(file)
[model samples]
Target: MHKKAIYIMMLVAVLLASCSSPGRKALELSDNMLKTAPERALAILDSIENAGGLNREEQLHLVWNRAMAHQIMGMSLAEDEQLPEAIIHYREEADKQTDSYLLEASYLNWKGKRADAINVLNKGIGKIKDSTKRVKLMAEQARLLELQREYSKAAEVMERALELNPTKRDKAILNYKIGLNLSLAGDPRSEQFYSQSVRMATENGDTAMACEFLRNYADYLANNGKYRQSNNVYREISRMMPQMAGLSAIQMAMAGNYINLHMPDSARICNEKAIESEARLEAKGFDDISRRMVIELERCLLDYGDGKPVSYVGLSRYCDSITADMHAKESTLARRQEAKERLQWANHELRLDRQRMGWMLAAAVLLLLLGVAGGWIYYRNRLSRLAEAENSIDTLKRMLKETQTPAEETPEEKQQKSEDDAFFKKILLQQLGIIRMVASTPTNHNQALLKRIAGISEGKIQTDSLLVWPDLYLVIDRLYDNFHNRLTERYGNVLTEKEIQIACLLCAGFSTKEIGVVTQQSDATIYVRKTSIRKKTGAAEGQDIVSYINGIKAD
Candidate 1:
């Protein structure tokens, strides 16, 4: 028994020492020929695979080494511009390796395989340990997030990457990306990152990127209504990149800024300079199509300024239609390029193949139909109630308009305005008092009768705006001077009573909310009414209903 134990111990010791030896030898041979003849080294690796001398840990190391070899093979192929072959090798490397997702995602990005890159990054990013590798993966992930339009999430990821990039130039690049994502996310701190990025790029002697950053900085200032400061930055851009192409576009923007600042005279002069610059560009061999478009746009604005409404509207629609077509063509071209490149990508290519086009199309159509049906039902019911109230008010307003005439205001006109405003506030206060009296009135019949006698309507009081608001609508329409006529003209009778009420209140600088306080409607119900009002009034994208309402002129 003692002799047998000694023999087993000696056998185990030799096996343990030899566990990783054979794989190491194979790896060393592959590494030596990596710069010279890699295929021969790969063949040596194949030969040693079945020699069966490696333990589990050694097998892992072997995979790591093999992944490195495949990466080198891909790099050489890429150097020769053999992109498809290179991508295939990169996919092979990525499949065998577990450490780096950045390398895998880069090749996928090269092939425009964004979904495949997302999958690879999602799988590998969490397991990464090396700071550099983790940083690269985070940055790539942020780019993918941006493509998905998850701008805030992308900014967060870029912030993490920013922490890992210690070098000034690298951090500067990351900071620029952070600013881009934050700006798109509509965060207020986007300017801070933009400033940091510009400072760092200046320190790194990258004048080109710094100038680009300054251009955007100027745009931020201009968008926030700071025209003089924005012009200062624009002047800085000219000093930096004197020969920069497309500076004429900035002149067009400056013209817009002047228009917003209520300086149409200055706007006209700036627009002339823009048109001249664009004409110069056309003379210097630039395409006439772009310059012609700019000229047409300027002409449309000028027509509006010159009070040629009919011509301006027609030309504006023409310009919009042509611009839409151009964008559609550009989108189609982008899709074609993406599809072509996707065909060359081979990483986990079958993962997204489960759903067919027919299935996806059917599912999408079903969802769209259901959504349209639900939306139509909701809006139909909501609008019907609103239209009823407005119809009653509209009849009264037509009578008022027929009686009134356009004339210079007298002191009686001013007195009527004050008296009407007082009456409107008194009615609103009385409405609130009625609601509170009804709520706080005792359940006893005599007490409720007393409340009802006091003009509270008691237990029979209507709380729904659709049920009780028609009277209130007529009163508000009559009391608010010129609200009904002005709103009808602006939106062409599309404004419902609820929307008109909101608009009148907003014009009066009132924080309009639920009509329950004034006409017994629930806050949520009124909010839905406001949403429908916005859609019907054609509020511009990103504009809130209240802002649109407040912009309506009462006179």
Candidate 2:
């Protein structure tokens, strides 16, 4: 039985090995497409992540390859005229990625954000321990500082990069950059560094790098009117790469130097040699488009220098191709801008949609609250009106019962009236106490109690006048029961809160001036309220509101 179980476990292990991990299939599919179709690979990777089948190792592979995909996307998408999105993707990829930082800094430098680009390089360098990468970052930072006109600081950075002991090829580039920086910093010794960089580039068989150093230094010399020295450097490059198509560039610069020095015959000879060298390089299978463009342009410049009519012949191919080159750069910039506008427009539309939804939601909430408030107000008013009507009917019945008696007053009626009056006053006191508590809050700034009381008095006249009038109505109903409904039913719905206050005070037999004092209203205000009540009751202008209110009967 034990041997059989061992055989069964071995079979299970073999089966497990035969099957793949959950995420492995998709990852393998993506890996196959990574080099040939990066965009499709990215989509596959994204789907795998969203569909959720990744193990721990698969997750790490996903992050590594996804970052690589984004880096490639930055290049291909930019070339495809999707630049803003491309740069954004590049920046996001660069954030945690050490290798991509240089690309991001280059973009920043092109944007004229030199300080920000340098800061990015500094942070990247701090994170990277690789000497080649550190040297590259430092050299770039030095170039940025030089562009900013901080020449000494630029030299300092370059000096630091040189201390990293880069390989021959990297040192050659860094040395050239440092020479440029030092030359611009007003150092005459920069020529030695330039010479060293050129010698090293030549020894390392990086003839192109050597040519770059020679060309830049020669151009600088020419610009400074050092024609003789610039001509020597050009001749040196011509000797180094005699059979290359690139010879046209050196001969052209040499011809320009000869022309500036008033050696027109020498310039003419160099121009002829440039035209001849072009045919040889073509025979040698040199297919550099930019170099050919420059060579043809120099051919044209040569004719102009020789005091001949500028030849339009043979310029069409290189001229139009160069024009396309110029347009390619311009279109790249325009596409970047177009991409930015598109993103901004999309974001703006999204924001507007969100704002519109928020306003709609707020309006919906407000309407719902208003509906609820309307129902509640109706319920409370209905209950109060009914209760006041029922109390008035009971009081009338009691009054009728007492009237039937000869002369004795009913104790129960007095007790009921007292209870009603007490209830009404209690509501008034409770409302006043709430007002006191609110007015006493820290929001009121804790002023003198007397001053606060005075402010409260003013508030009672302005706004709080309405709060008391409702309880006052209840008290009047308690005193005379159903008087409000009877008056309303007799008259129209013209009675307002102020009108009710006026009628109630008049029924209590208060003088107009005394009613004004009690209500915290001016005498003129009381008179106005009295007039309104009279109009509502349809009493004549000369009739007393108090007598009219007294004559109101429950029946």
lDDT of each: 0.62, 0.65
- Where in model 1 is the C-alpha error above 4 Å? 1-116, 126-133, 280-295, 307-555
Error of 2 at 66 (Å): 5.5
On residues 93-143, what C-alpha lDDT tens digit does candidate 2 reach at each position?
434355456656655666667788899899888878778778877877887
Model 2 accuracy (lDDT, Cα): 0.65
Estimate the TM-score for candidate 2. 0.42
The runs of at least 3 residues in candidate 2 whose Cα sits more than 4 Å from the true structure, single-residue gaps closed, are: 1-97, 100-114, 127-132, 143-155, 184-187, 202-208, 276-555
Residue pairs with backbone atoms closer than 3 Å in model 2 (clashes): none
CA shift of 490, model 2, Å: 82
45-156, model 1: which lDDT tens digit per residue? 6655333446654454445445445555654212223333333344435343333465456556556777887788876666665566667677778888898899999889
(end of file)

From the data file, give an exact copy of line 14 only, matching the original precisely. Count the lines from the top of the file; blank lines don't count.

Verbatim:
The runs of at least 3 residues in candidate 2 whose Cα sits more than 4 Å from the true structure, single-residue gaps closed, are: 1-97, 100-114, 127-132, 143-155, 184-187, 202-208, 276-555